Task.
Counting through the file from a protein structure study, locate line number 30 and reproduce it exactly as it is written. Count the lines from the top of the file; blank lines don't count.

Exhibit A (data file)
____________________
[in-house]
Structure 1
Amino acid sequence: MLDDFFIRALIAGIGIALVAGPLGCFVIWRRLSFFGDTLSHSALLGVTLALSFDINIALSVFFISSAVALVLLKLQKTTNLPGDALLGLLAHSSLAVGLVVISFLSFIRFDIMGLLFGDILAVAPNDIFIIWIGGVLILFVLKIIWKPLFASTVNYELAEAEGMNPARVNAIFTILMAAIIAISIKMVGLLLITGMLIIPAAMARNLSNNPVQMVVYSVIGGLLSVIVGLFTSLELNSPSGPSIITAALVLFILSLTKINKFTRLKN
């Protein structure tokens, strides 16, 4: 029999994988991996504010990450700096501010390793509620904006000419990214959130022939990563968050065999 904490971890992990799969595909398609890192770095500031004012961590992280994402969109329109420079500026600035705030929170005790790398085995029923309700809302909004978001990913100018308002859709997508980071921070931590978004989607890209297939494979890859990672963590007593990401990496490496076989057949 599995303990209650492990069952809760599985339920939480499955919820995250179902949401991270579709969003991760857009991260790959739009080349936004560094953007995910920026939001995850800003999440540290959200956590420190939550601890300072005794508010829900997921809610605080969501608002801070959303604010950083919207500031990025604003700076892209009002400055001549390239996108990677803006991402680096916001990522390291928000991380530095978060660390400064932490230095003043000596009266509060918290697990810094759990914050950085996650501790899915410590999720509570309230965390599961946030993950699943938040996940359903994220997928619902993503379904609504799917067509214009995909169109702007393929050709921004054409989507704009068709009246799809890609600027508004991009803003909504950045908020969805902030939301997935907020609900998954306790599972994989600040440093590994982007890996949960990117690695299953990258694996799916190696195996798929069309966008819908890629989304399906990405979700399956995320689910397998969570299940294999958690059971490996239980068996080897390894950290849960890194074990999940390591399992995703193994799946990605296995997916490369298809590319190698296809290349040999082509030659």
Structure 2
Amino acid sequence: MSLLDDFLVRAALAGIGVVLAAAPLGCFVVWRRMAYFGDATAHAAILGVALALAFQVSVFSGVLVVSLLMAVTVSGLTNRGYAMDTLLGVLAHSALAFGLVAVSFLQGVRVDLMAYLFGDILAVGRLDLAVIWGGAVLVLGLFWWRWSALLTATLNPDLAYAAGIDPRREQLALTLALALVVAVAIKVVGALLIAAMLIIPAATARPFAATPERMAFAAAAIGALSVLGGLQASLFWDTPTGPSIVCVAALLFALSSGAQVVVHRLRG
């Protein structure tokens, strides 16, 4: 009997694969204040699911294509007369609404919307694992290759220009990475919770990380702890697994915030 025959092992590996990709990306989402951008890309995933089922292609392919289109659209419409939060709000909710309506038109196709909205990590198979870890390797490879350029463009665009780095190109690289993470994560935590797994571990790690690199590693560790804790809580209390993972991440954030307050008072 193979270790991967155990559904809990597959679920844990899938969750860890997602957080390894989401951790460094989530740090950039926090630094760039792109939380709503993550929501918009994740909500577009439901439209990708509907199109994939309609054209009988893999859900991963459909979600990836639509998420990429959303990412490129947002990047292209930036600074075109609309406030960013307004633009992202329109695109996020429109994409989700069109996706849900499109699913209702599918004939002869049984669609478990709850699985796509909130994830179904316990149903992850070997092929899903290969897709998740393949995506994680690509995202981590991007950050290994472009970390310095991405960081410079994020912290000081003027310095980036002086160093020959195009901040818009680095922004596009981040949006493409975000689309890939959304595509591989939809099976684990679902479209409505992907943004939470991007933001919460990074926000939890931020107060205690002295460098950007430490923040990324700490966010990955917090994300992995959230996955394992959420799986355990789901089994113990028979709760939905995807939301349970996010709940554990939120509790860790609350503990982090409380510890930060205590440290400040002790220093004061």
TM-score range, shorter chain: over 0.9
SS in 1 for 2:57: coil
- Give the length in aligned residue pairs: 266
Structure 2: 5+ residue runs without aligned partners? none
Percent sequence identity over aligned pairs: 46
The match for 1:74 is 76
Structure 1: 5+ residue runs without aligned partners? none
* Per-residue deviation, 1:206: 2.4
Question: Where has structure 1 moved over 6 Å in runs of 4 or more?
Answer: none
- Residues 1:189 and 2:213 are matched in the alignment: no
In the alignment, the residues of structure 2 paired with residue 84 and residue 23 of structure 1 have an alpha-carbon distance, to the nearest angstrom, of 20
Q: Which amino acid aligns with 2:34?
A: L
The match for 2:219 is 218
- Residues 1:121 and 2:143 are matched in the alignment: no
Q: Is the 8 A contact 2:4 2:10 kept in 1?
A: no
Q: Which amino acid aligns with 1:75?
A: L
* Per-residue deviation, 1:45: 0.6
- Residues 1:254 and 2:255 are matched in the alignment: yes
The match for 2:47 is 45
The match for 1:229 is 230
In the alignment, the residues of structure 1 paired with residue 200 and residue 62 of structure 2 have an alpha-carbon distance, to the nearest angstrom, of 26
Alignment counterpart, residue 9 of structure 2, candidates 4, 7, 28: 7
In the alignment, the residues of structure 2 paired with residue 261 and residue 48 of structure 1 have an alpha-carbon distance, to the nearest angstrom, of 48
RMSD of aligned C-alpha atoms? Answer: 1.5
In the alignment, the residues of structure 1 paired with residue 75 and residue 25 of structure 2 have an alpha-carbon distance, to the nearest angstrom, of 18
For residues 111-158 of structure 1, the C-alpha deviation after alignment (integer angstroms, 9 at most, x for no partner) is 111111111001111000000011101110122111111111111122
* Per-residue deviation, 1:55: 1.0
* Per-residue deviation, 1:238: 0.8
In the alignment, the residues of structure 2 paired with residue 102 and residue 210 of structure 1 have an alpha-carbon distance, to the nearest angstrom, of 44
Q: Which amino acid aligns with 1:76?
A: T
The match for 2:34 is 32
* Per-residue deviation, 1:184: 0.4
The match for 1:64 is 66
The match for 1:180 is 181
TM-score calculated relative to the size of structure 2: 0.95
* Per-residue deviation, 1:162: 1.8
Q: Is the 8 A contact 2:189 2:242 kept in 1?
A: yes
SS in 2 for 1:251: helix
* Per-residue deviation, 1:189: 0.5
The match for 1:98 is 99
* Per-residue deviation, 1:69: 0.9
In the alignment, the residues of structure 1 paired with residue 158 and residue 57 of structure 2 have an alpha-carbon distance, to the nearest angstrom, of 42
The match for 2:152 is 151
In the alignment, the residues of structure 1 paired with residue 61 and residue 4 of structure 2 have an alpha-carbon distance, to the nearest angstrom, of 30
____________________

The match for 2:47 is 45